I didn’t pay much attention to the match. I was just thinking about my moment of glory that would surely come. I did star jumps in the peripheral vision of the gaffer.

At half time we were winning 8-4. Ramone wasn’t messing, Fiji really were shit. Enrique hadn’t had much to do in goal but still he got clapped on the back as we ate the half-time Tracker bars. Ramone tells me I’m on for the second half. “Thanks coach, I’ll make you proud” I replied, professionally flicking my cigarette behind some railings.

“Fucking hell, are you for real?” He replied, blown away by my enthusiasm and self-belief.

“I am,” I replied and Ramone stared at me for a long time but I held his gaze because of my self belief. He turned away, shaking his head, amazed. “Enrique, get the ball up to me, yeah? I’ll exploit the space with my stamina.” I told him.

Second half kicked off and I kept shouting for the ball. I never said I could play football and I miscontrolled it a few times. Francis said to me, “if you can’t control the ball stop fucking shouting for it!” Francis was another half time substitute. I’d seen him writing on his vest. He’d written something for his dead wife or something. “You going to point to the sky as well?” I’d asked him, “because she can’t see it.” Nobody was going to deprive me of my destiny and I went in for everything. I wasn’t going to hide like some do on the big stage. Great players don’t hide, they take their big opportunity when it comes along.

With about ten minutes to go the ball got stuck in a bit of long grass just outside of the Fijian’s penalty area and I pounced, the Fijians were big but they were slow and I was in a foot race with Francis and Enrique. We all got to the ball together but I kicked Enrique then shouldered Francis away and absolutely twatted it.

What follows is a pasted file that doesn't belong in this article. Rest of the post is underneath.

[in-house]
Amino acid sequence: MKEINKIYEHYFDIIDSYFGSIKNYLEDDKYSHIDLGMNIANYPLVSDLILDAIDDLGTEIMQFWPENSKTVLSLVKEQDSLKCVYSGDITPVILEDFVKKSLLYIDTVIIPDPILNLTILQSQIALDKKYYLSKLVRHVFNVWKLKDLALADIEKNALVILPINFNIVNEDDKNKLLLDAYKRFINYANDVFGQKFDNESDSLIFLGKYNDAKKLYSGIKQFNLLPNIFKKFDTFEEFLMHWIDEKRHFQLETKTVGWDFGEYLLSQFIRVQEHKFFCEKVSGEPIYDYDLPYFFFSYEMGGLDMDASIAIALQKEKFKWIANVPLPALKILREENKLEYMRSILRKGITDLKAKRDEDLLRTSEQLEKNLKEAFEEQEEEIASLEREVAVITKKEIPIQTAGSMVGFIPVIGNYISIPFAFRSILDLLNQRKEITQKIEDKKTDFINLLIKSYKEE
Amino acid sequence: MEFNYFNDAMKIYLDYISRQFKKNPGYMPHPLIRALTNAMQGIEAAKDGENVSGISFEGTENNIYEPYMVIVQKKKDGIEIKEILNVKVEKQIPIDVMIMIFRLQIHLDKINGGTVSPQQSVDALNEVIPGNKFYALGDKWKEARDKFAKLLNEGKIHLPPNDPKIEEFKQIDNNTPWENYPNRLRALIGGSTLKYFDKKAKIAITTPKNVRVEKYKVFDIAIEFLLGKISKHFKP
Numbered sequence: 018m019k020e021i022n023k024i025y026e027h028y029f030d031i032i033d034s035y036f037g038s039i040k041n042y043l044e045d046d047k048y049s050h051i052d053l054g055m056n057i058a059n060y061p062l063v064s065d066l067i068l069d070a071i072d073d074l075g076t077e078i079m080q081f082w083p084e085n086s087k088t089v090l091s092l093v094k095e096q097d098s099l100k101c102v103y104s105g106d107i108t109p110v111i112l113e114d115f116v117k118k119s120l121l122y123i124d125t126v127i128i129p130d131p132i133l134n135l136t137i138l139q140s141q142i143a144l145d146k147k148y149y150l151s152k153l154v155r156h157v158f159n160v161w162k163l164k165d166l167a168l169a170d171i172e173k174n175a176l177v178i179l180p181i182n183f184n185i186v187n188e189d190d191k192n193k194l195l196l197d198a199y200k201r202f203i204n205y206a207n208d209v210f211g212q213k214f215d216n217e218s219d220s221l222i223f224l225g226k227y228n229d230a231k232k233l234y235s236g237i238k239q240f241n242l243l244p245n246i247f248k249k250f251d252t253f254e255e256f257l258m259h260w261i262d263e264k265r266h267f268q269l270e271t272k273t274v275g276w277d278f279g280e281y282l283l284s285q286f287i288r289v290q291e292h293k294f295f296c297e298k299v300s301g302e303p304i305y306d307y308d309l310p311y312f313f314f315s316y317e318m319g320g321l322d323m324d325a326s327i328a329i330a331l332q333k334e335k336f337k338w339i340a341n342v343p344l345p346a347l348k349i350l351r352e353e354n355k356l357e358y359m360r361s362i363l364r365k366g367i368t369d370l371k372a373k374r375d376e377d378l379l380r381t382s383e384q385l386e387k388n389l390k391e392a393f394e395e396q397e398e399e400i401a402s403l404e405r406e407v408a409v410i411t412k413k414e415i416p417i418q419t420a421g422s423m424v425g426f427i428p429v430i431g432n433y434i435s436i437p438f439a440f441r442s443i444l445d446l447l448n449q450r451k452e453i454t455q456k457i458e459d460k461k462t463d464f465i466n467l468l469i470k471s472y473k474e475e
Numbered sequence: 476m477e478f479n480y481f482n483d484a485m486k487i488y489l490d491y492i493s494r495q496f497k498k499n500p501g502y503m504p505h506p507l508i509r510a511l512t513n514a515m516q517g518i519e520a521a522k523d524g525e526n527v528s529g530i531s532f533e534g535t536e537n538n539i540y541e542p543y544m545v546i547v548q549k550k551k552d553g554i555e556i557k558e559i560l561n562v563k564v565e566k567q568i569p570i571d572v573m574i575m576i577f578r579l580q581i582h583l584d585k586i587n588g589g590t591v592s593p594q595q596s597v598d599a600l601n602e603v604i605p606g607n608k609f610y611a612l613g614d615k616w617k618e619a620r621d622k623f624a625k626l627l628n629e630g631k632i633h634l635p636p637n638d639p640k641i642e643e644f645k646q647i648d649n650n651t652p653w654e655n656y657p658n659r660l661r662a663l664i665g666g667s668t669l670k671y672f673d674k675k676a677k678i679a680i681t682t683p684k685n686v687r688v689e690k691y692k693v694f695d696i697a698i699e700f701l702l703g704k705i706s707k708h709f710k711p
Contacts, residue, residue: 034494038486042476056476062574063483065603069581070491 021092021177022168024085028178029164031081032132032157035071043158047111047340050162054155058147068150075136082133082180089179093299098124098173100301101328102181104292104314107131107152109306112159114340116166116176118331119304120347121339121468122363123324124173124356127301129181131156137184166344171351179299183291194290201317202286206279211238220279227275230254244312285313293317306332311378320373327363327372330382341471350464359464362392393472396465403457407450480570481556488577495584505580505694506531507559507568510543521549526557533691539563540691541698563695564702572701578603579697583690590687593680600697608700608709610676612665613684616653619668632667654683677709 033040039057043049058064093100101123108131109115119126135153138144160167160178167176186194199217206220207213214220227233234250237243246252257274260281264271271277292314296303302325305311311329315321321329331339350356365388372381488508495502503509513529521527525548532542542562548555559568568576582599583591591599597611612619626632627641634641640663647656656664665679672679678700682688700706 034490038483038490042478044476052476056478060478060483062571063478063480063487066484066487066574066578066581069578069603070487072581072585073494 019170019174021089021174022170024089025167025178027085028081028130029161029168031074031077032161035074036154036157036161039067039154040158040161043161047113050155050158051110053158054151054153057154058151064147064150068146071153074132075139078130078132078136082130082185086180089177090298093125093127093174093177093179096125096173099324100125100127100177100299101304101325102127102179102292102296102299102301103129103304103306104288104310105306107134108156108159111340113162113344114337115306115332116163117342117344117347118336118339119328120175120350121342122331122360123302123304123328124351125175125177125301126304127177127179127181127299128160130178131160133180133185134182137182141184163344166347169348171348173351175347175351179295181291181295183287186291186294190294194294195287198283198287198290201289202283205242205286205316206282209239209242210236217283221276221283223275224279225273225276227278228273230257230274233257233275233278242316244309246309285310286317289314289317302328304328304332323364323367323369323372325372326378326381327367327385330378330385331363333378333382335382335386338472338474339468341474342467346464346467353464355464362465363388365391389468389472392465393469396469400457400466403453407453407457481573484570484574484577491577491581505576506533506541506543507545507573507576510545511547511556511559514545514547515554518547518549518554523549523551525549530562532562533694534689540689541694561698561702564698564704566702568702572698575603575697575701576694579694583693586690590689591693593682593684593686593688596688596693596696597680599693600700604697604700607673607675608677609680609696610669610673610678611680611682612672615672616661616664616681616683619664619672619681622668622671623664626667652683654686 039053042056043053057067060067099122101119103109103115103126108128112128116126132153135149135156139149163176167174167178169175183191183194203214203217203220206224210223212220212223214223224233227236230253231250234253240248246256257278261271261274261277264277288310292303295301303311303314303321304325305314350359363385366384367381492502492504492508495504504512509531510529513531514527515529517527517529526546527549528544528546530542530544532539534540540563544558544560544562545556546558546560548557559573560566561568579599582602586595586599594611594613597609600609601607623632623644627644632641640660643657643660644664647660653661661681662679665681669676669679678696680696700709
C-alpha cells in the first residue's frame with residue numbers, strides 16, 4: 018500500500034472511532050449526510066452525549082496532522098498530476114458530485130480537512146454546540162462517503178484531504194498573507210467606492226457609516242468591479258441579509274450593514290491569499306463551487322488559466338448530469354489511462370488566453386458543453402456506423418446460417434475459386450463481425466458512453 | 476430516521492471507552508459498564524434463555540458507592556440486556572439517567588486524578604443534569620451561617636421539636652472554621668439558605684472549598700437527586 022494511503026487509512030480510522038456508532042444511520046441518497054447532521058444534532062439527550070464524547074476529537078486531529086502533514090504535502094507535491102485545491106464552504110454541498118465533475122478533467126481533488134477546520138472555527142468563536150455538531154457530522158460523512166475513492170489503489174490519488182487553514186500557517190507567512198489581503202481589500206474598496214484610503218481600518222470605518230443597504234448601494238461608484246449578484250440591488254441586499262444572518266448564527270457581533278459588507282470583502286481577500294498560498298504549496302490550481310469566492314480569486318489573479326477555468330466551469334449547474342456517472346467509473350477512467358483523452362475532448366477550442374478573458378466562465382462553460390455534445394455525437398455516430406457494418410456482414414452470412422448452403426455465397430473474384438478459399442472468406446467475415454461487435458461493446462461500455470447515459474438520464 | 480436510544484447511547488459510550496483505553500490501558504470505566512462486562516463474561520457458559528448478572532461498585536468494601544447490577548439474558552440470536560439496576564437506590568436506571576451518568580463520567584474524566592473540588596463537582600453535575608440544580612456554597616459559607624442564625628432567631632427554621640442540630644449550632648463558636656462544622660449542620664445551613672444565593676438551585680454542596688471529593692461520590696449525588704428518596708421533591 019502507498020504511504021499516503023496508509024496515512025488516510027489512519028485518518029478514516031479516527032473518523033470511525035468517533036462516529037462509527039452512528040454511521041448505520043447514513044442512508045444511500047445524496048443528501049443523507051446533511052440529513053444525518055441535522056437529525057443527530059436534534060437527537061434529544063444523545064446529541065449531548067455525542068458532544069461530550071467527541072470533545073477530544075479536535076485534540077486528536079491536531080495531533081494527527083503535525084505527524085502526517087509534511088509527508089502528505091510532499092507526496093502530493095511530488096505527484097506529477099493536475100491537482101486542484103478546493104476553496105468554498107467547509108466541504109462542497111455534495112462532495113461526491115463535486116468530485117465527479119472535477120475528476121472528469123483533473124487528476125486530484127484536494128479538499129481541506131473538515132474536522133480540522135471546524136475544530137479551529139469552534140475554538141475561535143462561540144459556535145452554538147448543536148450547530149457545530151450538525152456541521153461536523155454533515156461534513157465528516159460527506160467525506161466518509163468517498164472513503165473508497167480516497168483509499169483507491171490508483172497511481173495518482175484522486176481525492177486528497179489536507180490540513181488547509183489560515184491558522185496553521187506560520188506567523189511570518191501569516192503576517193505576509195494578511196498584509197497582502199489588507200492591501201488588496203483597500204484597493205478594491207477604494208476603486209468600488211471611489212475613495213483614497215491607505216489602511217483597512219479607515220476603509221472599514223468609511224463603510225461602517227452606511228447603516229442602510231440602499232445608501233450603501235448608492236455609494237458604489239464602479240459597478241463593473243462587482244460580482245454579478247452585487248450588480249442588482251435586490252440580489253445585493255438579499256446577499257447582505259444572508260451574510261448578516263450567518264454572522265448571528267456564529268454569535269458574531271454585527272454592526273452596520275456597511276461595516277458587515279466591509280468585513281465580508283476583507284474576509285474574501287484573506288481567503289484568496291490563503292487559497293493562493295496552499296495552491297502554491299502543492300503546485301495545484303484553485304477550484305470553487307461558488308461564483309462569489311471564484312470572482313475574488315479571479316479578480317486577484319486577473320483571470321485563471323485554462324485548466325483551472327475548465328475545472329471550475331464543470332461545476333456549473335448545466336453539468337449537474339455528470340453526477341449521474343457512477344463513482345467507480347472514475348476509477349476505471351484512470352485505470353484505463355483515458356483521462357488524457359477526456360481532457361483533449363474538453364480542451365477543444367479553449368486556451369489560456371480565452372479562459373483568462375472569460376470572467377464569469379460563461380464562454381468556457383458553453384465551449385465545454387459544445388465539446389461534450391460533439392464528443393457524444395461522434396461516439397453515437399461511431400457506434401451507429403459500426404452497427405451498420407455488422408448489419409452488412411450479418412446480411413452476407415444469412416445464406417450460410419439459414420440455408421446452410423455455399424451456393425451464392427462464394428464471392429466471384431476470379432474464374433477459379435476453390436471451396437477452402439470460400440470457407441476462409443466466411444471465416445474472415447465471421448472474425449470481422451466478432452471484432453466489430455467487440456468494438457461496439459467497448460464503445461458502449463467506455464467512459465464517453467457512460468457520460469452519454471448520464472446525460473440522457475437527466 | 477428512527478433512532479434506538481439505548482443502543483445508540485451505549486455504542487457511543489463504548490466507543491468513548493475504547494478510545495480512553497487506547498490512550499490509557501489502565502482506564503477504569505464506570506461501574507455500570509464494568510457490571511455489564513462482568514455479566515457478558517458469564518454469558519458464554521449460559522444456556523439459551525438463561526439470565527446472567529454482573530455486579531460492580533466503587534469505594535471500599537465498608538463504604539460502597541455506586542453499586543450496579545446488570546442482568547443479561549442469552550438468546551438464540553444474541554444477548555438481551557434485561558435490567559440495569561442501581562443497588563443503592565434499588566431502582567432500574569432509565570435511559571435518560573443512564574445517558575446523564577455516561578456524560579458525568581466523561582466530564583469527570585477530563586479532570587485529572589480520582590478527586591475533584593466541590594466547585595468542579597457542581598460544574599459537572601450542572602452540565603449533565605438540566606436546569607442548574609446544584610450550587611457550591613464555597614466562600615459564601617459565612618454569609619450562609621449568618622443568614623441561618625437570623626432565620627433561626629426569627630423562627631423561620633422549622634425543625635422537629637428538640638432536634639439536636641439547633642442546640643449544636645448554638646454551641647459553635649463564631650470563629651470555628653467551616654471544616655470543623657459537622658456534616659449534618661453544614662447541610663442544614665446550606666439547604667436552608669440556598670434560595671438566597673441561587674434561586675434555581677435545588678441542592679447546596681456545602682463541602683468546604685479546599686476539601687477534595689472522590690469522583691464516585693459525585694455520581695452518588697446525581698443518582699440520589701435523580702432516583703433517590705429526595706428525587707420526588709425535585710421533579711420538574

Where did it go? Missed, right? I’d made a fool of myself? Fuck off.

In the fucking goal is where it went. Pure poachers goal – Francis is actually a real life poacher – from the top drawer. The crowd were bored of goals and mostly not there any more but I still milked it. Francis was running up to me to congratulate me but I pushed him away. “Life’s for the living, mate,” I told him. “You’re supposed to be in goal,” I told Enrique and then looked for the guy with the video camera. I found him. He was smoking. I ran up to him, lifting my top to reveal my under-shirt. Enrique was doing the same. I looked at his vest he was exposing. He had written something in foreign. “Get back in goal,” I said and then stood there in front of the camera for so long I didn’t realize the game had kicked off again. It didn’t matter, I’d done what I set out to do and it had all gone off perfectly and without a hitch and how often does that happen?

Ramone was holding up my number, a nice touch, he wanted me to get an ovation from the remaining crowd! What a buzz. I clapped in the air, both sides, like footballers do, and jogged off and sat back on the bench, eyes closed, lost in the deepest euphoria I’ve ever felt.

The final score was Jersey 15 – Fiji 9. I didn’t give a fuck, I just wanted to get home. I wanted, to see the joy on Pauly’s face. There was no joy on Pauly’s face. I’d put BBC1 on by mistake. He’d had to watch Cash in the Attic.